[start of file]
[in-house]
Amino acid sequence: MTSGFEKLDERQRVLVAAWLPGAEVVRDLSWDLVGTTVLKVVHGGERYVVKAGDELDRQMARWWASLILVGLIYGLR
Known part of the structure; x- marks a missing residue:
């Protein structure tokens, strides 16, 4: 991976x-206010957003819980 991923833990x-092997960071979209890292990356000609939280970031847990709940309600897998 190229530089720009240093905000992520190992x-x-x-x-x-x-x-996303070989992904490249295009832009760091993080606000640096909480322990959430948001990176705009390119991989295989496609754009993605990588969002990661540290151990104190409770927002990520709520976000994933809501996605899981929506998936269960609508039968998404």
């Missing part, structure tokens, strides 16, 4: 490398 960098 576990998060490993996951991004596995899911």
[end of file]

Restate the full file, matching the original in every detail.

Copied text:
[in-house]
Amino acid sequence: MTSGFEKLDERQRVLVAAWLPGAEVVRDLSWDLVGTTVLKVVHGGERYVVKAGDELDRQMARWWASLILVGLIYGLR
Known part of the structure; x- marks a missing residue:
């Protein structure tokens, strides 16, 4: 991976x-206010957003819980 991923833990x-092997960071979209890292990356000609939280970031847990709940309600897998 190229530089720009240093905000992520190992x-x-x-x-x-x-x-996303070989992904490249295009832009760091993080606000640096909480322990959430948001990176705009390119991989295989496609754009993605990588969002990661540290151990104190409770927002990520709520976000994933809501996605899981929506998936269960609508039968998404």
């Missing part, structure tokens, strides 16, 4: 490398 960098 576990998060490993996951991004596995899911």